Transparency Framework

The NILOA transparency framework is comprised of six sections.

  1. Student learning outcomes statements
  2. Assessment plans
  3. Assessment resources
  4. Current assessment activities
  5. Evidence of student learning
  6. Use of student learning evidence

Student Learning Outcomes Statements

GBSC maintains student learning outcome statements at multiple levels: institutional (for all graduates); programmatic (for all graduates in a specific degree program); and course (for all students who complete a course). Course-level outcomes are listed on each course syllabus. Institutional outcome statements and programmatic outcome statements are available in the Catalog.

Assessment Plans

GBSC maintains a list of assessment instruments/approaches currently in use. The list categorizes assessments at the institutional, division/program and course levels as either direct or indirect.

Direct measures require students to demonstrate the knowledge, skill or disposition that is being assessed. So a direct measure of math would include, say, addition problems.

Indirect measures focus on things related to the knowledge, skill or disposition being assessed. So an indirect measure of math might ask students to rate their own math ability on a 5-point scale, or to write a paragraph about what they have learned in math over the semester.

Assessment Resources

If you are unfamiliar with assessment, you may find this brief overview helpful.

Assessment of student learning means what it sounds like: are a college’s classes and degree programs effectively helping students learn and develop? This is an important question for students and parents, because it is another way of asking, “Is my investment in a college education meaningful? Am I benefiting from my college experience?” Of course, there are lots of individual benefits from college – things like new friendships, mentoring from faculty and staff, cultural experiences, perhaps even meeting a spouse – that don’t get included in assessment of student learning. But student learning still matters! GBSC is committed to transparency in our assessment of student learning. This is demonstrated by our use of the transparency framework developed by the National Institute for Learning Outcomes Assessment (NILOA), a leading organization in student-learning accountability. Visit our student learning page to explore GBSC’s student-learning assessment program and results.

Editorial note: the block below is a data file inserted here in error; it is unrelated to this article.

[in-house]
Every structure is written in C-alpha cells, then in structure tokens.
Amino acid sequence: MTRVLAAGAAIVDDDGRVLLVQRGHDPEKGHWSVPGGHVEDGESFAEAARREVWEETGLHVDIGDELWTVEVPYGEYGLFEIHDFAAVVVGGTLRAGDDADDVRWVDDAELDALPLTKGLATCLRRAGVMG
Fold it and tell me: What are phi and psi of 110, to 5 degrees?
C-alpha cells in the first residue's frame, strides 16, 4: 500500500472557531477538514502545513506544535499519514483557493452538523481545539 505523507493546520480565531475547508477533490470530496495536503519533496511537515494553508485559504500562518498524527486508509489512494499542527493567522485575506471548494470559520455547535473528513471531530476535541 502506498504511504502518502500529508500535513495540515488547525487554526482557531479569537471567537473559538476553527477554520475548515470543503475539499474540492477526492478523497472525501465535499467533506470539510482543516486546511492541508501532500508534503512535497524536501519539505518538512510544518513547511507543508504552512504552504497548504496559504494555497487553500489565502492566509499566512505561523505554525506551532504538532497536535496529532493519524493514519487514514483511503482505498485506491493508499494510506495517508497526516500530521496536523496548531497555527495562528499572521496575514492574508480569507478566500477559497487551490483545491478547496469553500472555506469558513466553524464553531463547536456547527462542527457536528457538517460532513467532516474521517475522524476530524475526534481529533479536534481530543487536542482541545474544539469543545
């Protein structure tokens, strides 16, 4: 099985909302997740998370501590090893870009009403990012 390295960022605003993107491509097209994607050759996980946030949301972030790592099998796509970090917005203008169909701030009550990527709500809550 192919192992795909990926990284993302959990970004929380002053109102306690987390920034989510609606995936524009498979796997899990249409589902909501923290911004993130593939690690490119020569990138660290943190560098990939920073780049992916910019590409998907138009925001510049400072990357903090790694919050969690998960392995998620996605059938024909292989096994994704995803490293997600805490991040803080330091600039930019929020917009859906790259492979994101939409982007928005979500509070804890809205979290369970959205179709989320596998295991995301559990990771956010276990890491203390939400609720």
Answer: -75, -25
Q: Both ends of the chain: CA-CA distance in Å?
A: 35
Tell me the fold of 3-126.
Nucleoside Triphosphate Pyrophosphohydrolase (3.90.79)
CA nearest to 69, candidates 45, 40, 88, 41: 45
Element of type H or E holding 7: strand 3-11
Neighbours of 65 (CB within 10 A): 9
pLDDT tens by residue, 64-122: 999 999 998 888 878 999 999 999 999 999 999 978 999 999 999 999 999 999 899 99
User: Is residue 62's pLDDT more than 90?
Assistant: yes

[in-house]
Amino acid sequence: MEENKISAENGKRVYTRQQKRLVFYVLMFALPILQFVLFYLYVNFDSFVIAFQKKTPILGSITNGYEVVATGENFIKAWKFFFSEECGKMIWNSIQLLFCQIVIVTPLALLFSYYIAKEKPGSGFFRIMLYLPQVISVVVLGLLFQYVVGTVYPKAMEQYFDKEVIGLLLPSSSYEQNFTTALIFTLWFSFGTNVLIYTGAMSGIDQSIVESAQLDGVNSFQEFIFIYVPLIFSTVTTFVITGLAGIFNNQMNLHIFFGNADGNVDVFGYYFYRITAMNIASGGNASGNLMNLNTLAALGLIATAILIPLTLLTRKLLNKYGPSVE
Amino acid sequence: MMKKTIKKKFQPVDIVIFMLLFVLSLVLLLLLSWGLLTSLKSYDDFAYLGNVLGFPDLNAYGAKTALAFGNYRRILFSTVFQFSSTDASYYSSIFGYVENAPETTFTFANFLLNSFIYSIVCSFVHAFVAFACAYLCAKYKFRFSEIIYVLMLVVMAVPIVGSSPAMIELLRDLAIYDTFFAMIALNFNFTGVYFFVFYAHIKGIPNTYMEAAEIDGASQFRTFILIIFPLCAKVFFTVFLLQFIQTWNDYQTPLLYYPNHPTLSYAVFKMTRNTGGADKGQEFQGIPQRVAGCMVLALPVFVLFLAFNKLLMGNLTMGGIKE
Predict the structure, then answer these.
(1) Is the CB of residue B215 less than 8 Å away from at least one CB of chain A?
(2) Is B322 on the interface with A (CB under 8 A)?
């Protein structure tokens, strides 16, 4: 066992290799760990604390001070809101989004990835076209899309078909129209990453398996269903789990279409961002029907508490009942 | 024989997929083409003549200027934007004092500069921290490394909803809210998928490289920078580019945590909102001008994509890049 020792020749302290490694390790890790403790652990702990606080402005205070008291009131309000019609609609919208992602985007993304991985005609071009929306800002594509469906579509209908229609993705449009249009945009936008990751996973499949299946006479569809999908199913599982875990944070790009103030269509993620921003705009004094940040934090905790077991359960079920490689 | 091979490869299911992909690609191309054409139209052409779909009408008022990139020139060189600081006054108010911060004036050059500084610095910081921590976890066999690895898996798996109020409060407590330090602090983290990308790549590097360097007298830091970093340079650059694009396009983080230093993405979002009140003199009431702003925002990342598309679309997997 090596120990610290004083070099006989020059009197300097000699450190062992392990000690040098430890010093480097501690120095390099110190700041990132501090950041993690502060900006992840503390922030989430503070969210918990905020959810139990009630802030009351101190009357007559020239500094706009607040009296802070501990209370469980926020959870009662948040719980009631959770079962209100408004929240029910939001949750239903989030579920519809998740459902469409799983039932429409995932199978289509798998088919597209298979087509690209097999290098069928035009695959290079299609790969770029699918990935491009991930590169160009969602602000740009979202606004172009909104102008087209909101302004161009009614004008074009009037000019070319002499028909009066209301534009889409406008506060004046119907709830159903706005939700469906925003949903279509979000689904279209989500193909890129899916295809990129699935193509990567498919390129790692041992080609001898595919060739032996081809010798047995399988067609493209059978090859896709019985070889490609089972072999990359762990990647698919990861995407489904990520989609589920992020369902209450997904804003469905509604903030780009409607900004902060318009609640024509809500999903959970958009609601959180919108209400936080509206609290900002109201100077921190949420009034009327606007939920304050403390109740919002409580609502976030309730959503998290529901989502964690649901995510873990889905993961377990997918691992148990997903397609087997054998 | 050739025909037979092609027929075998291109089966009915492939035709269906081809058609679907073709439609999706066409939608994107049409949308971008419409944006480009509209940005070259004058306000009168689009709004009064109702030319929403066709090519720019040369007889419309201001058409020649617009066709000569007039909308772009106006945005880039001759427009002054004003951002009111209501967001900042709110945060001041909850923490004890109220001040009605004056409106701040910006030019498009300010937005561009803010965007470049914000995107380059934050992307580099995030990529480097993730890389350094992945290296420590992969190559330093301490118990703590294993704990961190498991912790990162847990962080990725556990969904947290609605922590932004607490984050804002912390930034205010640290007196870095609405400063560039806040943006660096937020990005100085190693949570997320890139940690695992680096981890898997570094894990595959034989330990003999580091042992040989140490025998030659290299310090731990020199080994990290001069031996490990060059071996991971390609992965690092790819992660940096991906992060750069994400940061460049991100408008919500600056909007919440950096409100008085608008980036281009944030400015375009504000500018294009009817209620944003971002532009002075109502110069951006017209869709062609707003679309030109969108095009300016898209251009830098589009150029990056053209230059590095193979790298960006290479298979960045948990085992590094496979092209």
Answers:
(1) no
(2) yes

Assessment of institutional effectiveness has to do with how well a college is functioning. Are offices effectively accomplishing their tasks? Are services being offered in appropriate, meaningful ways?

What is assessment?

Assessment uses tools to measure something in light of an established standard or goal.

Tools include tests, surveys, inventories, checklists, anecdotes and more: these make up the toolbox for measurement, which means quantifying something (it could be behavior, effectiveness, knowledge or many other things).

Standards and goals need to be established prior to measurement. This gives a sort of “yardstick” that can be used in evaluation.

The term assessment is also used broadly to include a cycle involving both assessment and evaluation.

What is evaluation?

Evaluation takes the results of assessment processes and decides how effectively an activity is being done. So in assessment of student learning, assessment results enable us to evaluate how well a class or degree program leads to learning in students.

Evaluation takes assessment results and uses them to make a qualitative judgment.

The assessment cycle or loop

In discussions of assessment, you may often hear talk about “closing the loop.” What loop is this?

The cycle starts with program implementation – teaching a class, offering a degree program, operating an office, etc.

After (or during) implementation, assessment takes place (remember, this means measuring something for which goals have already been established).

Once assessment results are available (and typically after implementation has concluded an iteration or phase), results are used to make an evaluation about how effective the implementation was. What was good? What could be improved?

Based on evaluation, revisions may be made to the program (course, office, etc.). Then, implementation occurs again – and this allows new assessment, which can show if there have been changes from the revisions. The revision and reimplementation steps are often called “closing the loop.”

Assessment Tools

This section focuses on providing resources to staff and faculty.

Unfortunately, most attention is paid to the academic side of assessment, so no links here are provided to resources related to assessing institutional effectiveness other than this one: the Professional and Organizational Development (POD) Network maintains useful resources, especially their very active email list. Questions in that area may be directed to the Director of IR.

“Authentic assessment” resources



Traditional assessment

Current Assessment Activities

Activities listed here are used regularly, with some rotation cycles. Typically seniors complete the same assessments they took as freshmen, enabling longitudinal analysis.

Evidence of Student Learning

Developing evidence of student learning is an ongoing activity at GBSC. See reports below:

Additional assessment information is available on our School Stats page.

Use of Student Learning Evidence

GBSC periodically collects examples of changes based on assessment results. Typically these results feed into course, program and institutional reviews of effectiveness. They may drive change at any of these levels (e.g., different textbooks or assignments, revisions of required courses, etc.).